The brazen nature of Lukashenko’s action against the dissident prompted widespread condemnation, including from the US and UK. EU leaders are well-aware of the risk of allowing his unprecedented move to go unanswered: encouraging authoritarian regimes to believe they can weaponise control of their airspace with impunity.

Annalena in trouble

Joschka Fischer, the German Green party’s first-ever foreign minister, once called the chancellery the “death zone of politics”. Now, Annalena Baerbock, the party’s first-ever chancellor-candidate, may be getting a sense of what he meant, writes Erika Solomon in Berlin.

The Greens know they often suffer from rising polling numbers that crash on election day. Yet hopes grew of having an impact after they nominated Baerbock last month. Not only did the party overtake Angela Merkel’s Christian Democrats in nearly every poll, Baerbock outperformed the CDU’s Armin Laschet and the Social Democrat’s Olaf Scholz, her two rivals to succeed the chancellor, in some of them.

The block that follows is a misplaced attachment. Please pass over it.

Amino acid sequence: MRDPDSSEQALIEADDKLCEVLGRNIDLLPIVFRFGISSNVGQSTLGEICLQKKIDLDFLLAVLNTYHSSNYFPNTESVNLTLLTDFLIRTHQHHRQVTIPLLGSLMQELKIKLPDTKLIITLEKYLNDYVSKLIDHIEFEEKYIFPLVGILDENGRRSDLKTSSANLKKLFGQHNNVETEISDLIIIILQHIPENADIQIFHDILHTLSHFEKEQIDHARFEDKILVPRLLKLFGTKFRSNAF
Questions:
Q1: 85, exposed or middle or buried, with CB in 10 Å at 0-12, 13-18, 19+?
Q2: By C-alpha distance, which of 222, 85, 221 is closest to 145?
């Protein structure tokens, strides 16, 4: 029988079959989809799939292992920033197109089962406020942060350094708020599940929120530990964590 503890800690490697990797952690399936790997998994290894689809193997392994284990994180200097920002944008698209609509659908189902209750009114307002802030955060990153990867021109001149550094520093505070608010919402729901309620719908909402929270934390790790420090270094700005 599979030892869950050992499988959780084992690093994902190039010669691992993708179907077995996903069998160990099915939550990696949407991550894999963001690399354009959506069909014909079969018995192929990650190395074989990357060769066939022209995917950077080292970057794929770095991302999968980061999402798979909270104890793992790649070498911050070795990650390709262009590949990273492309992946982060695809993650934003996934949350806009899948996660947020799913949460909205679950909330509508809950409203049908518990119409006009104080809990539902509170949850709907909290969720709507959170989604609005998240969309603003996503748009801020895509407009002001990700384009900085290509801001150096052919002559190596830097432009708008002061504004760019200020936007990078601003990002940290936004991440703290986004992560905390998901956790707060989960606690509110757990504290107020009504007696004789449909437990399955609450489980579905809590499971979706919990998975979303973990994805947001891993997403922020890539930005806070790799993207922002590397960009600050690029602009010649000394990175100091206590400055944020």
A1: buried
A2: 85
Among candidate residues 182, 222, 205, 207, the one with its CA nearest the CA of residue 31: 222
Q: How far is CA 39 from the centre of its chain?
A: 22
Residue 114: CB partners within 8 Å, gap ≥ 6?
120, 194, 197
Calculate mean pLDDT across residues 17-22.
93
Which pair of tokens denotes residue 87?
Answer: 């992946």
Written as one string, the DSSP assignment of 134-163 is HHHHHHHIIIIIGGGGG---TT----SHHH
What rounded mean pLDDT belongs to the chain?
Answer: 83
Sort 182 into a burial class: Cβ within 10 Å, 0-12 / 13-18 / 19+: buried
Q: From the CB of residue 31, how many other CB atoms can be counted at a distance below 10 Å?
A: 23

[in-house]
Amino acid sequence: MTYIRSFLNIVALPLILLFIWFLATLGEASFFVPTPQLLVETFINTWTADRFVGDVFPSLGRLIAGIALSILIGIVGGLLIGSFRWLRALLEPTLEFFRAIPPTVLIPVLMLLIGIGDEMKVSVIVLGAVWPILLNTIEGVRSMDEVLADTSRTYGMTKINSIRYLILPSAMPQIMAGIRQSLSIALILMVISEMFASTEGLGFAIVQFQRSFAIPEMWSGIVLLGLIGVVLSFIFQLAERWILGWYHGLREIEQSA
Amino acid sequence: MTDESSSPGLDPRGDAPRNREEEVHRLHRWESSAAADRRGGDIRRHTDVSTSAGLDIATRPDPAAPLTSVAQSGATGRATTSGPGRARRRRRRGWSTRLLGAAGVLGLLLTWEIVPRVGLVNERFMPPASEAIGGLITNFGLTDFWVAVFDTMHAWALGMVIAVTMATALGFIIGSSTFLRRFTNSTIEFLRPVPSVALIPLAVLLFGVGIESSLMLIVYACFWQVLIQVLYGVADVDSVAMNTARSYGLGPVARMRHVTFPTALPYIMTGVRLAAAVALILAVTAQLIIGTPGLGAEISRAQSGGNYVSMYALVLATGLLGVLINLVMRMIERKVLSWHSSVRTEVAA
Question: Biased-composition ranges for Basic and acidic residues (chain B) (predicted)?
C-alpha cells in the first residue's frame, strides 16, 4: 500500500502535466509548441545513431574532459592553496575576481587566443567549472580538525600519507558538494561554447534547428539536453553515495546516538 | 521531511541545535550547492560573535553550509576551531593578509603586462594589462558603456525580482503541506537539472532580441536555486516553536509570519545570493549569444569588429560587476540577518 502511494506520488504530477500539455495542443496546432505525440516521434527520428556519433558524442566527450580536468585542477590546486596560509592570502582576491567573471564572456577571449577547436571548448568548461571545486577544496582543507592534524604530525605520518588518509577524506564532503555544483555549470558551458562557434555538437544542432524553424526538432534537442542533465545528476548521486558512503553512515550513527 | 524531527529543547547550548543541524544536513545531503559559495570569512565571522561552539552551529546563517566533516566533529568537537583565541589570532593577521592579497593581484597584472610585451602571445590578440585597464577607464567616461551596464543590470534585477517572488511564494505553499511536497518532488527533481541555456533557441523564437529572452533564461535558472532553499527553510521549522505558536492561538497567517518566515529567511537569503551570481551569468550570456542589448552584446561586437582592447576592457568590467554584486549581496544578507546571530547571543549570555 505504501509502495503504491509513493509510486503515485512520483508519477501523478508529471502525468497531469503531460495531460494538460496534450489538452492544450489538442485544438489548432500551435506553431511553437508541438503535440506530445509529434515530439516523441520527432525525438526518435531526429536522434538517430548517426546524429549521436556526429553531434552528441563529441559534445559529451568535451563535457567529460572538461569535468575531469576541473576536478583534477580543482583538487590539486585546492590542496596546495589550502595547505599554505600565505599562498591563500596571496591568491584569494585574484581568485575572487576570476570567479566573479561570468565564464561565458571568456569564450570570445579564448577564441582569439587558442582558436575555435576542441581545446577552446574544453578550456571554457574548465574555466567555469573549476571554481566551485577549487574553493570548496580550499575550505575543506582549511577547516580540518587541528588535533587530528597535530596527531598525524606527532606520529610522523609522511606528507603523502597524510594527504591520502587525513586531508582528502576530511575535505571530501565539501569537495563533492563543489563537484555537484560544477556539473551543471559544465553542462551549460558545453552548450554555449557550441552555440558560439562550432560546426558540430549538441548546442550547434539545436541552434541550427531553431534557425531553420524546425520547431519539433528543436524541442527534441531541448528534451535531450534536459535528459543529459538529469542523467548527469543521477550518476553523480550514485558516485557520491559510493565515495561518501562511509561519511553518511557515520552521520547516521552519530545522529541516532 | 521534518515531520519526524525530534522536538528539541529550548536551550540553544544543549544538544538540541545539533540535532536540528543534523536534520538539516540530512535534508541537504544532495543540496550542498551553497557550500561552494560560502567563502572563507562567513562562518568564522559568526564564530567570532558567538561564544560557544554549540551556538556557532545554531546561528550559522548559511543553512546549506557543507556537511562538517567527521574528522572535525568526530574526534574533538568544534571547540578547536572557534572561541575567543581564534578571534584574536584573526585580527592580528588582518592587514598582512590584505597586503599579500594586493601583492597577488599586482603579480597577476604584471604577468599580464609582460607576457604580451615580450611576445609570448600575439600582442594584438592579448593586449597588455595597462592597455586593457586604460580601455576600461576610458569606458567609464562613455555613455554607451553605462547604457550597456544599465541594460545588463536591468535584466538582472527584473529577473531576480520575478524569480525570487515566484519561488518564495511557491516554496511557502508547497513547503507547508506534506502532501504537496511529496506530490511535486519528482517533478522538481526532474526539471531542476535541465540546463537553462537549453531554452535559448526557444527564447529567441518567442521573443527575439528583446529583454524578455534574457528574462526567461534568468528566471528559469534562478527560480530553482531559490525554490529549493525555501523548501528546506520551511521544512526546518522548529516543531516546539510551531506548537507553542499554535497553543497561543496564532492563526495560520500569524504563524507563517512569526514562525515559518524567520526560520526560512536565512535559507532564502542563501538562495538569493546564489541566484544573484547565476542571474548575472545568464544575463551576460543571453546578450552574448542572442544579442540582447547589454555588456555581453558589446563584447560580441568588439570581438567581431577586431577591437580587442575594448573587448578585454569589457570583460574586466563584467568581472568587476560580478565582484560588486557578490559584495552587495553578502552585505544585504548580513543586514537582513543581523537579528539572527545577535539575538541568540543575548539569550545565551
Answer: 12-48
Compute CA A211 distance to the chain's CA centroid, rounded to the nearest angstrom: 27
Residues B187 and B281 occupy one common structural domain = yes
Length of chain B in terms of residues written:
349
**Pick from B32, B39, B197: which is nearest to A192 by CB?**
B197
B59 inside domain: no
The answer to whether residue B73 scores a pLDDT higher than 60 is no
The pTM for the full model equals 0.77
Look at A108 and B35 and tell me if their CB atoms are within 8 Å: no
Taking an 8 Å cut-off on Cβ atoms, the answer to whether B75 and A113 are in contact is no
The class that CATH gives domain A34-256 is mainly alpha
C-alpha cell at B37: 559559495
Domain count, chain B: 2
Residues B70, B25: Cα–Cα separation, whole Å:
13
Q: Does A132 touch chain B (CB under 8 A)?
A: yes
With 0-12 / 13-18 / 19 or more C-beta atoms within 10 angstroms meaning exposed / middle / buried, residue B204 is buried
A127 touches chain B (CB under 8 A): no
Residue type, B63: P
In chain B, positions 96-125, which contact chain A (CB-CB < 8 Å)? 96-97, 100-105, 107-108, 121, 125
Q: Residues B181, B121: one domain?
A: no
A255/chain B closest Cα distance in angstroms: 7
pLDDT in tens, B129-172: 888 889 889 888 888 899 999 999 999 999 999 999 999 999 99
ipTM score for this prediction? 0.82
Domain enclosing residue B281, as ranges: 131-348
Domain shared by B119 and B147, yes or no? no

But Baerbock’s stumbles since coming under greater scrutiny show how tricky it gets at the top.

Annalena Baerbock’s first stumbles have dented her lead in the polls © Getty Images

It was revealed last week that Baerbock failed to report €25,000 worth of bonus payments from her party. She apologised for the “stupid oversight” but rivals took the opportunity to skewer her — particularly over bonuses given to reward improved election performances, which other parties said they do not do.

“The fact that the capitalist-critic Greens are paying their leaders bonuses for successes is grotesque,” Markus Blume, the secretary-general of the Christian Social Union, told Bild. He accused them of “hypocrisy and double standards”.